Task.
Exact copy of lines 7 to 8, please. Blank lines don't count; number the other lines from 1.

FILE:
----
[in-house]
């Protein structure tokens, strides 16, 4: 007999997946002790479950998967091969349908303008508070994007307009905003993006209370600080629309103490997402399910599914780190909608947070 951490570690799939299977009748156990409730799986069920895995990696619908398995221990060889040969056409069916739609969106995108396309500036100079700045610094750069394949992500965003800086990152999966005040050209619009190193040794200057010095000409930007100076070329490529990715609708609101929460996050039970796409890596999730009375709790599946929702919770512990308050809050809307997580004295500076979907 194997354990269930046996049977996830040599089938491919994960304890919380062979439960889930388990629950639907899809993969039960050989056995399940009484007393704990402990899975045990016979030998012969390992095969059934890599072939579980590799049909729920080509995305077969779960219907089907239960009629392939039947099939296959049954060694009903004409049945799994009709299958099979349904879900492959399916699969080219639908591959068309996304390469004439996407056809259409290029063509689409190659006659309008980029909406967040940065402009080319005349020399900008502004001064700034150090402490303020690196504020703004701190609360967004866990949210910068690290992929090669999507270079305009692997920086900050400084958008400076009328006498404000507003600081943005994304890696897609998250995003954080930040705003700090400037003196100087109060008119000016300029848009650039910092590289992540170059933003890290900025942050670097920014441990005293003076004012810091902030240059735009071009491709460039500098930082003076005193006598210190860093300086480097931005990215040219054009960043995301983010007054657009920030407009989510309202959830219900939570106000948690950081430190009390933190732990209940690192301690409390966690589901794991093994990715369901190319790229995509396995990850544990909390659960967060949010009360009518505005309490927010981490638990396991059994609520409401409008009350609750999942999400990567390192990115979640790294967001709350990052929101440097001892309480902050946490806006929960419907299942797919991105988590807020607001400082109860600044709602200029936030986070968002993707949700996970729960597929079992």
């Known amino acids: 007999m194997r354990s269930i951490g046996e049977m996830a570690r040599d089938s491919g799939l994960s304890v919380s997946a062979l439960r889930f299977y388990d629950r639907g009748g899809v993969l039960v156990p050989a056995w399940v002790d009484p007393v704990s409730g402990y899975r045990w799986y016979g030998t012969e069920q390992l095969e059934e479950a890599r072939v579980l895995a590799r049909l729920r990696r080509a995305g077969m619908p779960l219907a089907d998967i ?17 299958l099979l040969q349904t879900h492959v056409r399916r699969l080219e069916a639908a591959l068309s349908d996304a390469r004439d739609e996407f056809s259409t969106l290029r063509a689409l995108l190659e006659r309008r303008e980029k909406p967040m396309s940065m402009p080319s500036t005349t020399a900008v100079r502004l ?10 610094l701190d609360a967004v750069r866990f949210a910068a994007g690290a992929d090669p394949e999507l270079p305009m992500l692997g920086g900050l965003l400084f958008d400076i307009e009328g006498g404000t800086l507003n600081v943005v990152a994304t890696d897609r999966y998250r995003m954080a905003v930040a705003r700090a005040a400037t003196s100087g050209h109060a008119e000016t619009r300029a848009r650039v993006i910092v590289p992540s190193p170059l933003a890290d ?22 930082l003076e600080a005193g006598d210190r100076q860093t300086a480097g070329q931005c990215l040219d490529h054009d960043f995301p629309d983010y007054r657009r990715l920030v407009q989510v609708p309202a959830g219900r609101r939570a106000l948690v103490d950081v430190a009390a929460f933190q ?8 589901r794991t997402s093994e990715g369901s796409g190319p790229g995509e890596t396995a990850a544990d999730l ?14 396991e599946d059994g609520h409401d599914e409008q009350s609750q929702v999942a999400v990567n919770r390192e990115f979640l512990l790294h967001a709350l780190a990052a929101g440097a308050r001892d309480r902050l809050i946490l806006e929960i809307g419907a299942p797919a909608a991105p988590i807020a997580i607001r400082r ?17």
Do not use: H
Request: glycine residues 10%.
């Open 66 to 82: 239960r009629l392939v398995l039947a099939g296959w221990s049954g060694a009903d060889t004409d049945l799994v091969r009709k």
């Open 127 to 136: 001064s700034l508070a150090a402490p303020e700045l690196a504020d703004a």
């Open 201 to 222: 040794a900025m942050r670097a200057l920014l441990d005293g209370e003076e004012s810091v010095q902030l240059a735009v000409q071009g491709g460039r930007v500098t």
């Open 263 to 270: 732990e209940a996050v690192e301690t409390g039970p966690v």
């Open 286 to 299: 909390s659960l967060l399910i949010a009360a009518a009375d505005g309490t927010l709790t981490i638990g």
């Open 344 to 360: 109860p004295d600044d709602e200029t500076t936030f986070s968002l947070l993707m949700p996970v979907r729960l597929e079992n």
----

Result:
């Open 127 to 136: 001064s700034l508070a150090a402490p303020e700045l690196a504020d703004a």
């Open 201 to 222: 040794a900025m942050r670097a200057l920014l441990d005293g209370e003076e004012s810091v010095q902030l240059a735009v000409q071009g491709g460039r930007v500098t």